Halloween: The pitfalls and the pendulums
Nobody loves Halloween more than the creatures lurking in the Coeur d’Alene Press newsroom. It’s not even October yet, and whispered conversations about what will happen with a pandemic-riddled night of trick-or-treating already have crept up.
Thus it was with bone-chilling terror that we read a recent press release regarding Halloween recommendations from an esteemed Mayo Clinic-trained physician — one who is looking at Halloween not just as a potential health bomb, but with an eye toward keeping her three children happy.
Dr. Bita Nasseri shared the following insights and recommendations about Oct. 31:
• Keeping children and chaperones six feet apart is very difficult during trick-or-treating through neighborhoods. The concept of keeping your crowd in a bubble or a pod is completely jeopardized by exposure to larger groups from your neighborhood.
• Ideally you don’t want person-to-person handling of Halloween candies. Even if there is a way to automatically dispense candies or use a candy machine, there's always a risk of exposure to candy wraps that can host unwanted germs for up to 72 hours. If you're celebrating Halloween with your pod, assign a parent to hand out candies and traffic control using gloves.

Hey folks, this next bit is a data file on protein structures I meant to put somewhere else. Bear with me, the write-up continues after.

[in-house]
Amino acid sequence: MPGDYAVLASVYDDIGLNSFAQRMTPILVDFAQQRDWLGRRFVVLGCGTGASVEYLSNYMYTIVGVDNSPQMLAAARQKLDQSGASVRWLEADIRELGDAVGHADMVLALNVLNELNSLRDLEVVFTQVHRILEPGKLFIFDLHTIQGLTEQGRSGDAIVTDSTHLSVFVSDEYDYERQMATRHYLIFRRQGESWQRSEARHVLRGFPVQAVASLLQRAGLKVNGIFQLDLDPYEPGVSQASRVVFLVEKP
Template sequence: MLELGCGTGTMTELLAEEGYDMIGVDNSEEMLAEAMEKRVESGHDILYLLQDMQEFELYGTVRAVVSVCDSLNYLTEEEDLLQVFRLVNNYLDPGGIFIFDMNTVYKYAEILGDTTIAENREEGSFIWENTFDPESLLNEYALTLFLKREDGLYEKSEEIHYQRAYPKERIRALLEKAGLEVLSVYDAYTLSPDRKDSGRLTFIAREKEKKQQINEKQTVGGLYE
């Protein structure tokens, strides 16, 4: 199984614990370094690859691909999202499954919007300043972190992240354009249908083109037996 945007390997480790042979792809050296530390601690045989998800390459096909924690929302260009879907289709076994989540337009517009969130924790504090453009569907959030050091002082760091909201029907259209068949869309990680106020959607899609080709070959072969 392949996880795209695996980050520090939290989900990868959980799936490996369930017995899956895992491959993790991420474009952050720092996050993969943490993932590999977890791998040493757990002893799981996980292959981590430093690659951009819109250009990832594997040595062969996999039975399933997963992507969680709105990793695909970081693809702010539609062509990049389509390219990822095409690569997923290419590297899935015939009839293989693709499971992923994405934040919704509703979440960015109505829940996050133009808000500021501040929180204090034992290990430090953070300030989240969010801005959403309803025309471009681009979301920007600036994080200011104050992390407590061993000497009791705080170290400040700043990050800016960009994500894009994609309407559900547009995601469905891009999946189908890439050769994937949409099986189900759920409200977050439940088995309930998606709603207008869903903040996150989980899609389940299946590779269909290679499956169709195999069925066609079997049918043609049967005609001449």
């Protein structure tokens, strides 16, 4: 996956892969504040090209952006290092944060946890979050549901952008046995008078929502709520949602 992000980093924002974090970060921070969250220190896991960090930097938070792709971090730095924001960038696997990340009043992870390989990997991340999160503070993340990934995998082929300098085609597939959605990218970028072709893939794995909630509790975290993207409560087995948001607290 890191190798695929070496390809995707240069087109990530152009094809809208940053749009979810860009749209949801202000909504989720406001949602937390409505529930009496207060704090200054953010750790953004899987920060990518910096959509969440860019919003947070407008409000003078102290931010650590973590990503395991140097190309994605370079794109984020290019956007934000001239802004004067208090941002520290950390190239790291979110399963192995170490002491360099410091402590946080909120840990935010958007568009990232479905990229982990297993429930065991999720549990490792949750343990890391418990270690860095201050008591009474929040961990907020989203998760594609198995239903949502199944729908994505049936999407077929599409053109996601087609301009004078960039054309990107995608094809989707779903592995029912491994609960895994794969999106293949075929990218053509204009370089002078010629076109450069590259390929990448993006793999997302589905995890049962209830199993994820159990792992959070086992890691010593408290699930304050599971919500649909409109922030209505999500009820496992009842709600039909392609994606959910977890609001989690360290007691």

October is well into the fall cold and flu season. Not only do we not want the spread of COVID, we also don’t want the spread of the flu and cross reactivity of signs and symptoms.
• Let’s keep it simple and clean this year. Protect yourself and your family and therefore protect others. Make it fun and build candy trick or treating stations throughout your home. Express your love of the holiday by recreating the experience of trick-or-treating within your close circle.
From a host of sources, medically speaking, tricks-or-treats up and down neighborhood streets is probably not a wise idea this year. The free loot that kids eagerly anticipate the other 364 days might just have to remain beyond their grasp.
If ever kids needed some fun and controlled adventure, it’s now. Adults, too. Between the pandemic and the political toxins that seep deeply into society every four years, a put-your-mask-on and let-your-hair-down event couldn’t be more timely.
Of course, it’s up to every adult and every family to decide what’s best for them. But we share this editorial in hopes that you and your kids can start to plan a way that will provide Halloween’s benefits without its potential pitfalls. Otherwise, we adults are going to be eating even more unhealthy candy bars than usual.